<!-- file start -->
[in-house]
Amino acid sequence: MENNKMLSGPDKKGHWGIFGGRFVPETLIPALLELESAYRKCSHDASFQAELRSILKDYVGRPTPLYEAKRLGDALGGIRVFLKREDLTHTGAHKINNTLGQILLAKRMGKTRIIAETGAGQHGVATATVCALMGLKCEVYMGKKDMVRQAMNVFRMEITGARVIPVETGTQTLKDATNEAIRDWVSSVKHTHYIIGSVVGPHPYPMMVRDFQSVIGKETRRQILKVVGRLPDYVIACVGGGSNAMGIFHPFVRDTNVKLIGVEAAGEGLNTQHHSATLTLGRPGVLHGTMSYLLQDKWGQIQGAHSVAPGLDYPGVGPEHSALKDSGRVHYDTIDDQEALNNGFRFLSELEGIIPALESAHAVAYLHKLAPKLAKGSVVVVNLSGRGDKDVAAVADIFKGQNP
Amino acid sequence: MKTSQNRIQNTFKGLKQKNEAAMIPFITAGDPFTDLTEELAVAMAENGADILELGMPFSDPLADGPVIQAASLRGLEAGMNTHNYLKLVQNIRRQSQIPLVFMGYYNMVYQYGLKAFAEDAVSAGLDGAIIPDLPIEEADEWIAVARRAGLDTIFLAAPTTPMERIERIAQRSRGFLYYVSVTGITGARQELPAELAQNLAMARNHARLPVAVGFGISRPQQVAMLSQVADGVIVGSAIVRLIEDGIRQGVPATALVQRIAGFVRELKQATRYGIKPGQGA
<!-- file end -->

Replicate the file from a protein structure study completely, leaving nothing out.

[in-house]
Amino acid sequence: MENNKMLSGPDKKGHWGIFGGRFVPETLIPALLELESAYRKCSHDASFQAELRSILKDYVGRPTPLYEAKRLGDALGGIRVFLKREDLTHTGAHKINNTLGQILLAKRMGKTRIIAETGAGQHGVATATVCALMGLKCEVYMGKKDMVRQAMNVFRMEITGARVIPVETGTQTLKDATNEAIRDWVSSVKHTHYIIGSVVGPHPYPMMVRDFQSVIGKETRRQILKVVGRLPDYVIACVGGGSNAMGIFHPFVRDTNVKLIGVEAAGEGLNTQHHSATLTLGRPGVLHGTMSYLLQDKWGQIQGAHSVAPGLDYPGVGPEHSALKDSGRVHYDTIDDQEALNNGFRFLSELEGIIPALESAHAVAYLHKLAPKLAKGSVVVVNLSGRGDKDVAAVADIFKGQNP
Amino acid sequence: MKTSQNRIQNTFKGLKQKNEAAMIPFITAGDPFTDLTEELAVAMAENGADILELGMPFSDPLADGPVIQAASLRGLEAGMNTHNYLKLVQNIRRQSQIPLVFMGYYNMVYQYGLKAFAEDAVSAGLDGAIIPDLPIEEADEWIAVARRAGLDTIFLAAPTTPMERIERIAQRSRGFLYYVSVTGITGARQELPAELAQNLAMARNHARLPVAVGFGISRPQQVAMLSQVADGVIVGSAIVRLIEDGIRQGVPATALVQRIAGFVRELKQATRYGIKPGQGA